Nikolas Cruz pleaded guilty to murder Wednesday in the 2018 high school massacre in Parkland, Florida, which left 17 people dead.
Cruz, 23, presented her statements at a court hearing attended by a dozen relatives of victims after answering a long list of questions from Circuit Judge Elizabeth Scherer in order to confirm her mental competence. He was charged with 17 counts of murder and 17 counts of attempted first-degree murder for those injured in the February 14, 2018 attack on Marjory Stoneman Douglas High School in Parkland, located just outside of Fort Lauderdale.
A sentencing trial will determine whether Cruz will receive a death sentence or life in prison without parole. Scherer plans to begin evaluating jurors next month in hopes that testimony can begin in January.
As several parents shook their heads, Cruz apologized and said, “I’m very sorry for what I did. … Sometimes I can’t live with myself. ”He also added that he wished it was up to the survivors to determine whether he lived or died.
Several parents and other relatives of the victims burst into tears while listening to the court proceedings through a call from Zoom.
Cruz’s attorneys announced his intention to plead guilty during a hearing last week.
Fred Guttenberg, whose 14-year-old daughter, Jaime, was killed in the shooting, said he visited her grave this week to ask for the strength to get through Wednesday’s hearing.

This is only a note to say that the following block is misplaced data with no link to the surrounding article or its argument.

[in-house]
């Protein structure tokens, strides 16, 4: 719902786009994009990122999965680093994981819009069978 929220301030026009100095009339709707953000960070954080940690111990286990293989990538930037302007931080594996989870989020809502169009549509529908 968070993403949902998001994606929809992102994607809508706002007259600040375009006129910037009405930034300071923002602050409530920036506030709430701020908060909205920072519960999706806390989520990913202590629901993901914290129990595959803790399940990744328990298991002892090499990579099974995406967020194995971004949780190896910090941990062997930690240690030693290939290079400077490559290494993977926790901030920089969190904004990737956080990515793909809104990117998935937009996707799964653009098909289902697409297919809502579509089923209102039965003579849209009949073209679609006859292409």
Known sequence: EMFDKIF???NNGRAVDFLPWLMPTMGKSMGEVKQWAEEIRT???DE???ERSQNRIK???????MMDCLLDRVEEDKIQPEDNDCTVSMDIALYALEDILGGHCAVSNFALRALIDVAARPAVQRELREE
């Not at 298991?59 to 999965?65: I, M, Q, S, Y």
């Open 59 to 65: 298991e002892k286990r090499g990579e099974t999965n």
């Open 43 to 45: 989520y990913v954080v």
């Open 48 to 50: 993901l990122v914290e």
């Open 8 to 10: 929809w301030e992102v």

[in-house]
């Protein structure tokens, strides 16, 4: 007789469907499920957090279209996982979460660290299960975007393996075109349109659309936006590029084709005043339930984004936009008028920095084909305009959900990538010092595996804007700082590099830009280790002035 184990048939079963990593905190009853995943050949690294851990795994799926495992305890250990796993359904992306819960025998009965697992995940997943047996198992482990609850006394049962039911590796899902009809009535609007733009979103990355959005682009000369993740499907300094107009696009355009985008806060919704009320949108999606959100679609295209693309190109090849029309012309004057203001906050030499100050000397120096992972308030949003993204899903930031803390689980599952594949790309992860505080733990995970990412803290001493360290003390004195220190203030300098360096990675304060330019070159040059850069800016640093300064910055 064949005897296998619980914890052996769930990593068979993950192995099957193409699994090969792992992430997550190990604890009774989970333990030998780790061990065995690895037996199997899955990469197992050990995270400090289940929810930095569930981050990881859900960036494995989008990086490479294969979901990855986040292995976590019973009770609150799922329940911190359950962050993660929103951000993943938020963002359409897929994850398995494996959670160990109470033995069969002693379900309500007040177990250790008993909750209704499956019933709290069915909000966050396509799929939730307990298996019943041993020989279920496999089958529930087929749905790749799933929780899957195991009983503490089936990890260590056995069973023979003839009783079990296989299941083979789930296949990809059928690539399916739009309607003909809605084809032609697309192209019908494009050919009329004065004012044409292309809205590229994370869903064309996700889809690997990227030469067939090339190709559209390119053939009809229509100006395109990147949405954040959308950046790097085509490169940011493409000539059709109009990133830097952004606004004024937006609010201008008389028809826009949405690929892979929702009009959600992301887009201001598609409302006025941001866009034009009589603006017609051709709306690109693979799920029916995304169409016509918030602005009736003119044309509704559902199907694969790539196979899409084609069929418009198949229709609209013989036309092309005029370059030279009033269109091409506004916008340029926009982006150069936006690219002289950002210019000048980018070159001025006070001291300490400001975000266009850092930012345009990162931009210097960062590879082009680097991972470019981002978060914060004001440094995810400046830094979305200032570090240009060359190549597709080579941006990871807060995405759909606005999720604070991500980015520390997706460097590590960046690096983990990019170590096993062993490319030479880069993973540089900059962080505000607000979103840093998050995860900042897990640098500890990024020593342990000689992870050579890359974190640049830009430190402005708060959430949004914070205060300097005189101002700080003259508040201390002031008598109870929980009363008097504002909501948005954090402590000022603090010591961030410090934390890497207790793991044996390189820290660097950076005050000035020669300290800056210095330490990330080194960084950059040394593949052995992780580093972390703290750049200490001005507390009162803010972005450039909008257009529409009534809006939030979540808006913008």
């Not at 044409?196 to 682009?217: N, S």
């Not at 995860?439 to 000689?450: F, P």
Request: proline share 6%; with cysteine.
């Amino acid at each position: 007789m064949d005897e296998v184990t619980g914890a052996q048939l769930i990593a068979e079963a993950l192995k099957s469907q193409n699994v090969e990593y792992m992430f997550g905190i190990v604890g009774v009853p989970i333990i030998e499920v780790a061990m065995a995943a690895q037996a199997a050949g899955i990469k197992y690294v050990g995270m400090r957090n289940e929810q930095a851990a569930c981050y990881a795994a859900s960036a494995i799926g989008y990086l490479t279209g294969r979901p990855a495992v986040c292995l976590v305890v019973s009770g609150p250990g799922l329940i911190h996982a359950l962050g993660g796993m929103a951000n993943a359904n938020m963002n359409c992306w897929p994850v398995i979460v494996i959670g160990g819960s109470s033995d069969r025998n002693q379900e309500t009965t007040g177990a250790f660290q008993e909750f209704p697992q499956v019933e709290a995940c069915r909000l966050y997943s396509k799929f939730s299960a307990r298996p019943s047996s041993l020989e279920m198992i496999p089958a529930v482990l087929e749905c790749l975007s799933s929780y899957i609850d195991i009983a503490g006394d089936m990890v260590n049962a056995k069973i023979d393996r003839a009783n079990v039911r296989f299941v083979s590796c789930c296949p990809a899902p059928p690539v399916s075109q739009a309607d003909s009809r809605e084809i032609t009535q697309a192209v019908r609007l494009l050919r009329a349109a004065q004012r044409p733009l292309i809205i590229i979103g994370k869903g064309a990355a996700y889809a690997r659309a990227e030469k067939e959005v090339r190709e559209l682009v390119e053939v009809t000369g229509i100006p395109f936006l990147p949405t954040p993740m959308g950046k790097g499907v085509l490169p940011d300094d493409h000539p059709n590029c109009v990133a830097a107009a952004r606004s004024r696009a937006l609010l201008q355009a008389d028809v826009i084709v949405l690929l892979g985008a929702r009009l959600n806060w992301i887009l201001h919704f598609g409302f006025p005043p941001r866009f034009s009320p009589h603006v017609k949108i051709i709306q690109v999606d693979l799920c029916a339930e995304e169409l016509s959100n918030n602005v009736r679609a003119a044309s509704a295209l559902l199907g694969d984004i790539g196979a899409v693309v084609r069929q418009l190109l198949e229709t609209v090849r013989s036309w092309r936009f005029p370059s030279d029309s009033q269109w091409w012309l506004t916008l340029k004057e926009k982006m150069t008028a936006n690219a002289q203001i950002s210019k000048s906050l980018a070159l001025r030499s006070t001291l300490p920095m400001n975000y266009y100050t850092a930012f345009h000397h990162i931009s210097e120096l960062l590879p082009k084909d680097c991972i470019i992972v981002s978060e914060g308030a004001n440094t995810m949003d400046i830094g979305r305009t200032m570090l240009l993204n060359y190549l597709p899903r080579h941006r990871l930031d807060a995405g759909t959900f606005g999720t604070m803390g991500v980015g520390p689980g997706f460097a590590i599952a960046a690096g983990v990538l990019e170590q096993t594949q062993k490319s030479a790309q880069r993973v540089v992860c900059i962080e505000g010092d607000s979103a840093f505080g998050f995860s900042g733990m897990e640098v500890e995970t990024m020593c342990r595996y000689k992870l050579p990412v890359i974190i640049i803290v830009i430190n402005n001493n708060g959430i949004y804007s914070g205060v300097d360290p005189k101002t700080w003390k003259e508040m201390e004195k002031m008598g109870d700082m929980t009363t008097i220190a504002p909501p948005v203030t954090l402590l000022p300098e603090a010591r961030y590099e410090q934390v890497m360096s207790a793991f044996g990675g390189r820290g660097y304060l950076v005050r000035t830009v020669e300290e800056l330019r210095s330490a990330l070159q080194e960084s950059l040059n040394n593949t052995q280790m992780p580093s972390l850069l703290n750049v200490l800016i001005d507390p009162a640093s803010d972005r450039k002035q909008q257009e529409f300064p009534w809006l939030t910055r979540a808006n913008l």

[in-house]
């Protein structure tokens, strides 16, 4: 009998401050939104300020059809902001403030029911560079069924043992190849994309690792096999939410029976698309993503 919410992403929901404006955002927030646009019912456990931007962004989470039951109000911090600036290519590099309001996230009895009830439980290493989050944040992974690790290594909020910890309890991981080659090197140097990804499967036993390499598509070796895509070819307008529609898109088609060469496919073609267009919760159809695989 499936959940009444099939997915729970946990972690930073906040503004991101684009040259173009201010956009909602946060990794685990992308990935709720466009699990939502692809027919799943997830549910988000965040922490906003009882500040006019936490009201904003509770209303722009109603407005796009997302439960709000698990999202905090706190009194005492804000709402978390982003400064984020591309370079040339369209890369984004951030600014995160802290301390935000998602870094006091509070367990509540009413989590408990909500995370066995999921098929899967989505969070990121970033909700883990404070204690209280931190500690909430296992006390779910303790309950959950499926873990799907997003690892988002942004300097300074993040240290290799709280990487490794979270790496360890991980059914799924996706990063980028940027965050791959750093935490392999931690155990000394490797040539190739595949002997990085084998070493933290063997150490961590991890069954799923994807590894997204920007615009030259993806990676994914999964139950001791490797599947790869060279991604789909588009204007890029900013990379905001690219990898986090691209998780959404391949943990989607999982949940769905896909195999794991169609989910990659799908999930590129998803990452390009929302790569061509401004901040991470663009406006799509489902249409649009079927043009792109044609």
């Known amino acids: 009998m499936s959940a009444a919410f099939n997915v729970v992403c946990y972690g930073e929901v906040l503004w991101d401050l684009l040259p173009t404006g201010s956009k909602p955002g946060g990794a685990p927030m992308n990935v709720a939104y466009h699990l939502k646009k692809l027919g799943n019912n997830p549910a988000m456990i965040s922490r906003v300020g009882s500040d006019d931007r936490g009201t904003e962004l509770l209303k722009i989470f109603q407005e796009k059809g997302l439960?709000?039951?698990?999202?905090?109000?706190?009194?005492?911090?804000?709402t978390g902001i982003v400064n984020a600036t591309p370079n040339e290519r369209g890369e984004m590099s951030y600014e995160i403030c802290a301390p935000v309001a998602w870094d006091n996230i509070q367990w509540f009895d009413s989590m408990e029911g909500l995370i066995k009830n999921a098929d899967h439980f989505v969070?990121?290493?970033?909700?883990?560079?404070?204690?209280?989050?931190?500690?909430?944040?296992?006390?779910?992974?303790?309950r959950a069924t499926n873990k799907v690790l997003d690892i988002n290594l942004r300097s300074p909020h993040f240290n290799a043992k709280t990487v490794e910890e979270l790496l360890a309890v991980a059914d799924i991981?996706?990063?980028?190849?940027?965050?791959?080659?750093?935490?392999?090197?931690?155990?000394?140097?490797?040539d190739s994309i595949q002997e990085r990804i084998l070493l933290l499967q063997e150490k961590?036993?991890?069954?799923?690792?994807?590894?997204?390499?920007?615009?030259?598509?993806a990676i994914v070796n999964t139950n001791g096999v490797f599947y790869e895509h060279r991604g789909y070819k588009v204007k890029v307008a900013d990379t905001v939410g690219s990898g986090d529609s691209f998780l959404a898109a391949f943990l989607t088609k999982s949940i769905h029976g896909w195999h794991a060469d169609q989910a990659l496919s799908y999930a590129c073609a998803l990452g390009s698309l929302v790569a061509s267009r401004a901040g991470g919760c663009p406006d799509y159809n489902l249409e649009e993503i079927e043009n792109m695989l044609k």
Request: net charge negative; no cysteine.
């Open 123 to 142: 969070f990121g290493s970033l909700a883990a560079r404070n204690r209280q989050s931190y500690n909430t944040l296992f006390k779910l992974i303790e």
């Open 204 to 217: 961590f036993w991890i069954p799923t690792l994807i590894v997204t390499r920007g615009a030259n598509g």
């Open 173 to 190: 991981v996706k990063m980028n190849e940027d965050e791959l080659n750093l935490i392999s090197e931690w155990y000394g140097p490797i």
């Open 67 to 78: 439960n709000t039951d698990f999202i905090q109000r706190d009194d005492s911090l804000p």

“She was the toughest and wisest person I have ever met,” he said. “My daughter always fought for what was right. My daughter despised bullies and put herself in the middle of someone being bullied to stop them.”
The guilty pleas will set the stage for a criminal trial in which 12 jurors will determine whether Cruz should be sentenced to death or life in prison without parole. Given the notoriety of the case, Scherer plans to evaluate thousands of potential jurors. Hearings are scheduled for November and December, with the goal of beginning testimony in January.
Following the pleas, Broward State Attorney Mike Satz recounted the details of the killings. Cruz killed all 14 students and three staff members on Valentine’s Day 2018 during a seven-minute rampage through a three-story building in Stoneman Douglas, investigators said. They said he shot victims in hallways and classrooms with an AR-15 semiautomatic rifle. Cruz had been expelled from Stoneman Douglas a year earlier after a history of threatening, scary, unusual, and sometimes violent behavior dating back to preschool.
The shootings prompted some Stoneman Douglas students to launch the March for Our Lives movement, which is pushing for stricter gun restrictions nationwide.
Since days after the shooting, Cruz’s attorneys had offered that he plead guilty in exchange for a life sentence, saying that would spare the community the emotional turmoil of reliving the attack at trial. But Satz turned down the offer, saying Cruz deserved a death sentence and appointed himself chief prosecutor. Satz, 79, resigned as state attorney in January after 44 years, but he remains Cruz’s lead prosecutor.
His successor, Harold Pryor, opposes the death penalty but has said he will follow the law. Like Satz, he never accepted the defense’s offer; As an elected official, that would have been difficult, even in liberal Broward County, where Democrats outnumber Republicans more than 2 to 1.
By making Cruz plead guilty, his attorneys will be able to argue during the penalty hearing that he took responsibility for his actions.
George is Digismak’s reported cum editor with 13 years of experience in Journalism